American painter and sculptor Frank Stella is one of the most notable artists of the Minimalism movement. His claim to fame was his exceptional nonrepresentational paintings, as seen in his monochromatic Black Paintings completed between 1958 and 1960. Each masterpiece features rectilinear stripes of uniform width, which Stella printed in metallic black ink. Kate Nesin, an art historian and curator based in New York, shared that “To many, Stella remains best known for his precocious appearance in ‘Sixteen Americans’ at the Museum of Modern Art, New York, in 1959. Only twenty-three years old, he was represented there by four of his ‘Black Paintings,’ a series that eventually comprised about two dozen large-scale canvases, each composed of concentric bands or stripes in black enamel house paint on raw canvas, at once stark, deadpan, rigorous, imposing, velvety – diagrammatic but also tactile.”

Conceptual Art (1960s — 1970s)

Conceptual art turned away from every preceding art movement. The artists favored ideas over visual components, producing art in the form of performances and ephemera.

The active poetry of Ewa Partum, a Polish performance artist, consisted of her dispersing single alphabet letters across different landscapes. As for American artist Joseph Kosuth, he explored the role of language within art, evident in his One and Three Chairs completed in 1965. The piece featured one chair in three different ways: as a photograph, as a copy of a dictionary entry for the word “chair,” and as a manufactured chair. There is no distinct style or form since it focuses on concepts and ideas.

Contemporary Art (1970 — present)

The early beginnings of contemporary art emerged in the 1970s and extends to the present day. Various smaller movements dominate this period.

  • Postmodernism. In response to modernism, artists produced works that mirrored irony, skepticism, and philosophical critiques.
  • Feminist art. This movement came to light in an attempt to eliminate stereotypes and change the model of male-dominated art history.
  • Neo-Expressionism. Artists sought to resuscitate the original aspects of Expressionism and produced highly expressive,  textural, large artwork.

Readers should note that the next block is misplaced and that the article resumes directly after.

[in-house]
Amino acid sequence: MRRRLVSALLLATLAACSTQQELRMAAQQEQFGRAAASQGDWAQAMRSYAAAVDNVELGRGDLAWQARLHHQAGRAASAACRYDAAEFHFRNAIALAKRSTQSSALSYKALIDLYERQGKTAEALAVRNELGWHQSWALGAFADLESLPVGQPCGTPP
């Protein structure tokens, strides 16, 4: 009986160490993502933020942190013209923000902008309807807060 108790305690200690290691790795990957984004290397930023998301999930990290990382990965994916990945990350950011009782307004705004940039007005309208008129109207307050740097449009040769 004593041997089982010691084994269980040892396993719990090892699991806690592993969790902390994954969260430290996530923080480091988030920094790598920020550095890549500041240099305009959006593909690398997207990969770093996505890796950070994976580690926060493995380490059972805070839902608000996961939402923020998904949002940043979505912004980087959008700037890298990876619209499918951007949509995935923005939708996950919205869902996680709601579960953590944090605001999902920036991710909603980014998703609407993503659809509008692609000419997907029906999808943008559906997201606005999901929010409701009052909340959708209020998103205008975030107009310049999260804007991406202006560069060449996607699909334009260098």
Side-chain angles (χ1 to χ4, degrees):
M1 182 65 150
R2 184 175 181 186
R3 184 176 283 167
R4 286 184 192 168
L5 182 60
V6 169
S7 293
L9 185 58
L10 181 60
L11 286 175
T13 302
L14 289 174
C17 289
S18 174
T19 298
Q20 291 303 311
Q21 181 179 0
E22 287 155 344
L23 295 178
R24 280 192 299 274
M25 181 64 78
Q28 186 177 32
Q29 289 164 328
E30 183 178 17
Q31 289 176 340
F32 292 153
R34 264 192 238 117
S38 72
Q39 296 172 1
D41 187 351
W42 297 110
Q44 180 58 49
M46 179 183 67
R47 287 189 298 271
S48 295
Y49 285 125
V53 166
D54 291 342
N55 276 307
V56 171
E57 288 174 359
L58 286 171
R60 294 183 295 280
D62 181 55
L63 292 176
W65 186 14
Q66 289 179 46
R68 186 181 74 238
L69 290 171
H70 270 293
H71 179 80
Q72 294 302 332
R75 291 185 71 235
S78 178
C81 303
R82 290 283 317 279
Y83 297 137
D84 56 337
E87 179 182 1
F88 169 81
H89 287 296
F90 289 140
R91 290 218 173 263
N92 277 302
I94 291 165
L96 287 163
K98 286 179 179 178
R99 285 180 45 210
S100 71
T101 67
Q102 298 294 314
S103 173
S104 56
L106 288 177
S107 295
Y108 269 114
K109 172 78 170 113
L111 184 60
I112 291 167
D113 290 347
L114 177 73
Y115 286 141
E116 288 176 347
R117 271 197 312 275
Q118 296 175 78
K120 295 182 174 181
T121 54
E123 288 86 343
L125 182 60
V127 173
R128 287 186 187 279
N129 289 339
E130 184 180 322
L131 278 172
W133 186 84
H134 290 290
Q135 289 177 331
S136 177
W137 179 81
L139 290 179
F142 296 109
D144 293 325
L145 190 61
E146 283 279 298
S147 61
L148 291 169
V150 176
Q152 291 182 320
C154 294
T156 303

• Street art. Artists like Keith Haring, Banksy, Barry McGee, and more made graffiti-like art on various surfaces in public places such as buildings, overpasses, and sidewalks.
  • The pictures generation. Louise Lawler, Cindy Sherman, Gary Simmons, and other artists that Pop and Conceptual art influenced began experimenting with a variety of mediums, including photography and film, to capture and expose stereotypes and cultural tropes in popular imagery.
  • Appropriation art. This movement refers to the practice of making slight modifications to pre-existing images or objects.
  • Young British Artists. This group of modern artists from London were notorious for their eagerness to shock audiences through their imagery, and an inclination to push beyond the limits of decency. They are also well-known for their zestful, entrepreneurial spirit.
  • Digital art. The advent of cameras, smartphones, computers, iPads, and other advances paved the way for this artistic practice that allows people to produce masterpieces with the help of technology.

This concludes our western art history timeline. The team here at Biltmore Loan hopes that you enjoyed learning about the definition of each movement, which is indispensable in navigating the complex background and stylistic shifts of Western art throughout history.

If you have in your possession a painting, sculpture, or any artwork from an influential period, you have the option to sell or use artwork as collateral here. Biltmore Loan is a trusted art buyer in Scottsdale and Chandler, AZ. Our appraisal specialist is sure to offer you a competitive price for an authentic piece from a renowned artist.